M finished year one of kindergarten about a month ago and has been home with me and A for the summer. In the meantime I’ve picked up more work as a freelance writer from home, but not enough to justify childcare (and to be honest she’d probably be enraged at me if I stuck her in daycare at this point!).

It’s been… chaos. So much chaos. I’m not sure when I actually sleep anymore, because I’m up late working and then up early with the kids. I’ve been trying to get the house to a baseline of clean so we can actually like, go outside and stay there and not touch the house and make it messy again, but I clean one room and another falls apart. If I felt like I was casing my tail before, as a WAHM with a baby who used to be content playing by himself a bit and a kindergartener, I am running in even tighter, faster circles now that he’s in a big mama phase and she’s at home!

That idea that we only get 18 summers with our kids has been ringing in my ears, of course, as I wipe the table for the fourth time in an hour, wonder if I will ever weed my garden, and reluctantly hand over the tablet while A is napping so I can retreat to my office and attempt to write. I mark my summer days by the way my garden looks, and as of right now the thistles are starting to turn purple, the sage is spilling over its boundaries and the lupines have long gone to seed. My August garden is coming in; we’re going on vacation for three weeks in August, too, and I know when we come back that will feel like the end of the season.



I think about my own summers as a kid, and realize my parents foisted us off on their parents! One month each with each grandparent, maybe a week at camp and a week or two at home then it was back to school shopping and into the routine. Of course my sister and I were a bit older than my youngest, but my summers were magical because they were really a time to roam, to do something different from the norm. And meanwhile, I can’t get my kid outside on her own for more than two minutes because she’s afraid an eagle will fly off with her (seriously, thanks Mac Daddy).

I feel the pressure to make every day magical, acutely. Especially on the days when Mac Daddy comes home at 5 p.m. and M is in her underwear, A is in a diaper, we haven’t seen much of the light of day and I am tearing out my hair. What will my kids remember of this summer?


There have been magical days. One evening we were all sweaty and miserable and yelling at each other until Mac Daddy swooped us into the car, drove into the bush, and doled out empty ice cream containers we filled with wild blueberries. We boated to a tiny, empty beach on the hottest day of the season thus far and had a sliver of an island to ourselves till the sun went down. We walked to the firehall and climbed on all the trucks, we have made it to every summer reading club meeting at the library so far, we hiked down to the lakeshore with friends, we had a scavenger hunt, we went for a long bike ride, we’re going on a road trip, we have family pencilled in to visit us, too. Some of this is magical.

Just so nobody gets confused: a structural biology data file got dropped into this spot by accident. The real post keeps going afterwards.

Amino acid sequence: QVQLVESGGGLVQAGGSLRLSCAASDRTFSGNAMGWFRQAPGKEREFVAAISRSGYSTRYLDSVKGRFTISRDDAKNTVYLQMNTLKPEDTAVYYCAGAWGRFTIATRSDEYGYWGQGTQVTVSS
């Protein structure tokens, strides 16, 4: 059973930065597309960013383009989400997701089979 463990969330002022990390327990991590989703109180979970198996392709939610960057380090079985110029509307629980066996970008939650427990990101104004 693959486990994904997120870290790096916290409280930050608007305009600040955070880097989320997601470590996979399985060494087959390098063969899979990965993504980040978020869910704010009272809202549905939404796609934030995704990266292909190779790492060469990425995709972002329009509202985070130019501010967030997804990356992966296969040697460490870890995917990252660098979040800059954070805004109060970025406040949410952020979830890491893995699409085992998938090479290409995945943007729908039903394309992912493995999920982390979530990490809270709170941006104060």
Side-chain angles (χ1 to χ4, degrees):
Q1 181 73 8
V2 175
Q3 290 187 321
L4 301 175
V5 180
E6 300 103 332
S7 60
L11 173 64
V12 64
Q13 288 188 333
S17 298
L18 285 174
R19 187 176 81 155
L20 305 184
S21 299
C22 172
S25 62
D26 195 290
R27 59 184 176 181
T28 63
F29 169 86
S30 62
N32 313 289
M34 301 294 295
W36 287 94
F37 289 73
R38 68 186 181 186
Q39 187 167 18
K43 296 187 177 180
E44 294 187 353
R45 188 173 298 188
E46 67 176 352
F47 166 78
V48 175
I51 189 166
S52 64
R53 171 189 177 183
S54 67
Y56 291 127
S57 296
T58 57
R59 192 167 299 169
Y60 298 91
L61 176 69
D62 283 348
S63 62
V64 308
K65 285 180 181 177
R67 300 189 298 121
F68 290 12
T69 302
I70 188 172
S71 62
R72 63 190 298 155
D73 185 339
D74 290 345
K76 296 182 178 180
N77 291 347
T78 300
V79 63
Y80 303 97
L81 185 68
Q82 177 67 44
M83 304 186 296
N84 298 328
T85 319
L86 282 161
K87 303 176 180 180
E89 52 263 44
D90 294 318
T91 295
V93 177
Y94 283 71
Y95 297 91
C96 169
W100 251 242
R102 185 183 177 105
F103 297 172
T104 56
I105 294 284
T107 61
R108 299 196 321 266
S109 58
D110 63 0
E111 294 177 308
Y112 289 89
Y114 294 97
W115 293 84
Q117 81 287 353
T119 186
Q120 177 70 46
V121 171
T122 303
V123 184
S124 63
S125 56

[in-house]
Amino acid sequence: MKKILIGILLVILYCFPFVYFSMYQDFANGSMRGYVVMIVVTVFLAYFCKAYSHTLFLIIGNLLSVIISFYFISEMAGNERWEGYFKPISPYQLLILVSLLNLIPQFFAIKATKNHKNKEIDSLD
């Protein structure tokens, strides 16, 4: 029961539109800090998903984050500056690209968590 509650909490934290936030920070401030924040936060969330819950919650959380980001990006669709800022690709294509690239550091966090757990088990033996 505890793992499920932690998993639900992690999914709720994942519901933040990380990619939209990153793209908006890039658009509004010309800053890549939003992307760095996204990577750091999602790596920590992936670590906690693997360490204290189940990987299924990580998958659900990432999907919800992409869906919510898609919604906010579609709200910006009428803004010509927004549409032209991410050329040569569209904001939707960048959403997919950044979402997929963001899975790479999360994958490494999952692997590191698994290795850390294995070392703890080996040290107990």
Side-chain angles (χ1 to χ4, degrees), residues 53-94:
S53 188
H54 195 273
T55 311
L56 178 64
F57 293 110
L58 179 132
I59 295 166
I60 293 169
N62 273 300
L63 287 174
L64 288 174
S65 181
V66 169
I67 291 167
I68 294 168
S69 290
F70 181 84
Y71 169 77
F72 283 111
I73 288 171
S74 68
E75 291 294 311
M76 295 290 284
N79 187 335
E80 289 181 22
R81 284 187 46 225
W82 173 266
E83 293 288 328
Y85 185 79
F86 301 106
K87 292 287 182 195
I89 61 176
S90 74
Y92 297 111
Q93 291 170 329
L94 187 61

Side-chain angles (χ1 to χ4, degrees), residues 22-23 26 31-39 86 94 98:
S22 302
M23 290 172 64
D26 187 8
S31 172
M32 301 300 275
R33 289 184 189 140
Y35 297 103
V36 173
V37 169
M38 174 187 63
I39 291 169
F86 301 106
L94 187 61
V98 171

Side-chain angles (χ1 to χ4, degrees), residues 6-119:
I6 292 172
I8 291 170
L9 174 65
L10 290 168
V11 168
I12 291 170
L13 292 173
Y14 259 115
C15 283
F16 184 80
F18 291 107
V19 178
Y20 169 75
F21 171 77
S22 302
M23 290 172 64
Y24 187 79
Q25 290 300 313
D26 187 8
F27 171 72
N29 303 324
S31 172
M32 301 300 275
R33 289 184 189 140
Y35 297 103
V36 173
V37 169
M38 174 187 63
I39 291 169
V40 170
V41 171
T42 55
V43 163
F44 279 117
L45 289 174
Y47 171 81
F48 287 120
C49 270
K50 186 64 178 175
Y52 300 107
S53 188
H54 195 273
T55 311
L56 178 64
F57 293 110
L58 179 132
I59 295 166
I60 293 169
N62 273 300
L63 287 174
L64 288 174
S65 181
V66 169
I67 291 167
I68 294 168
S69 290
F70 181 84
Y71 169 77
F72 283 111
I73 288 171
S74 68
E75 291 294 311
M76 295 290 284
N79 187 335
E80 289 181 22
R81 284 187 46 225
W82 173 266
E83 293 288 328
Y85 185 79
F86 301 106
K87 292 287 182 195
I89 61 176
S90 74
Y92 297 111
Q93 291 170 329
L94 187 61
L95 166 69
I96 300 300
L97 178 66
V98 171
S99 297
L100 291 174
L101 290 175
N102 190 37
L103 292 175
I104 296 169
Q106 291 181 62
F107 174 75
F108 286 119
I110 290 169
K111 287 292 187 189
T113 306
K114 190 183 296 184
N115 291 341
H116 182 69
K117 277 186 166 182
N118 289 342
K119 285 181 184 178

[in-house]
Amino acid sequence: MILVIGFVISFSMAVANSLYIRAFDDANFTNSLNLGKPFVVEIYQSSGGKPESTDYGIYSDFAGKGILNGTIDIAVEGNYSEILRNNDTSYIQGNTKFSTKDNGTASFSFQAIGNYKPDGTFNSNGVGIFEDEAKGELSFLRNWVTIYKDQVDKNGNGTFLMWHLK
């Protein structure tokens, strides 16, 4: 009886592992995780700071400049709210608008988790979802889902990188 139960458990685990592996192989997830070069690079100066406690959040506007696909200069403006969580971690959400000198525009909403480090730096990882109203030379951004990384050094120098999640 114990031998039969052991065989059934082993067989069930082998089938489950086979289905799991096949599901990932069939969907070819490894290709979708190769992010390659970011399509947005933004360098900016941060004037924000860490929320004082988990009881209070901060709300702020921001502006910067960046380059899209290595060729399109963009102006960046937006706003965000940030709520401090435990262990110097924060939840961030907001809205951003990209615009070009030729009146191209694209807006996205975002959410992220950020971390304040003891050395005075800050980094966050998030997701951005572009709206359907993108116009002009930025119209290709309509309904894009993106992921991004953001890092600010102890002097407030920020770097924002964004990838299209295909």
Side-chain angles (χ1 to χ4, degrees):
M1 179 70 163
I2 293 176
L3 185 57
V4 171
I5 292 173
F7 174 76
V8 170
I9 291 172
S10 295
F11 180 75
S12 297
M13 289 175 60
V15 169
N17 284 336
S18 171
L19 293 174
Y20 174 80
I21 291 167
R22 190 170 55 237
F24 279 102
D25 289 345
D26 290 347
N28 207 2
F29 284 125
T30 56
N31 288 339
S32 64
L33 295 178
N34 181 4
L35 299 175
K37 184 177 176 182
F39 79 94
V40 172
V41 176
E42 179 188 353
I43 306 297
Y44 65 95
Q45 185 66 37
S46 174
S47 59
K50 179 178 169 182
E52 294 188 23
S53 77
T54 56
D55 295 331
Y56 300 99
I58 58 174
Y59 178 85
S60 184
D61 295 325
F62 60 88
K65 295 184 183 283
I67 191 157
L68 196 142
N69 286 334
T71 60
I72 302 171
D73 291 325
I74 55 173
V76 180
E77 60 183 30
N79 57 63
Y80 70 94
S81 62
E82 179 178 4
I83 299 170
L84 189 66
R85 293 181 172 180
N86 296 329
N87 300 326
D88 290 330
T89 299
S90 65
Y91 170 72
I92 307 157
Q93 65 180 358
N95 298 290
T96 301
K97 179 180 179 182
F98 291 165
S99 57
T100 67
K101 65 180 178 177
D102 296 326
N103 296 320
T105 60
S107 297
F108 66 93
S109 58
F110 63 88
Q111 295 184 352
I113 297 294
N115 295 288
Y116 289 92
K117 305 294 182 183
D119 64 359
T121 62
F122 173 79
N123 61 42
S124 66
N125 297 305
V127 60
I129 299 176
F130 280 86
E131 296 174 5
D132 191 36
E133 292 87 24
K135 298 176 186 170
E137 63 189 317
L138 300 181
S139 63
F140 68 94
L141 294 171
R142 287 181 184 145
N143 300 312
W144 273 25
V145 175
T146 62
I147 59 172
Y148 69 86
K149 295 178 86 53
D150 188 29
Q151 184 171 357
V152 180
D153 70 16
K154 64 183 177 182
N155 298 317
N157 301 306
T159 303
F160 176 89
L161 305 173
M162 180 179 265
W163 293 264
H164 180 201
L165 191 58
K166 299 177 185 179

And we’ve spent the entire day inside. We’ve watched a lot of nature documentaries. I’ve yelled, and apologized, probably every single day. The kids have eaten ramen for lunch more often than I can count. I’ve kicked everyone out of the house the minute Mac Daddy gets home and out of his work clothes so I can have a moment of peace because I simply cannot handle one more MOM MOM MOM MOM! I came down with one summer cold, got over it, and woke up with another one two days later. Some of this is the polar opposite of magical.

I am, as with nearly everything else in parenting, trying to let go of the ideal. I look at friends with more kids than I have, who are somehow doing everything, and I feel less than, and I let it go. I look at our calendar and the stuff we aren’t doing, and I let it go. I look at the mess and let it go. I look at my deadlines and let them go (for the immediate moment, at least). Yes, I have 18 summers with my kids. But I have a whole lifetime with them, too, and the pressure of the perfect summer is not something worth putting on myself. In fall we’ll pick up a new routine, and we’ll have 18 more shots at that, too.


I know me, and I know that my ideal actually isn’t jam packing every single day with things to do. Sometimes I love that tablet for the hour of quiet it gives. Sometimes I want to throw it out and tell my kid to get out the freaking door. The true ideal is the compromise in between, to find what works for everyone, and to forget about the idea that every single moment of my kids’ lives is going to be spectacular.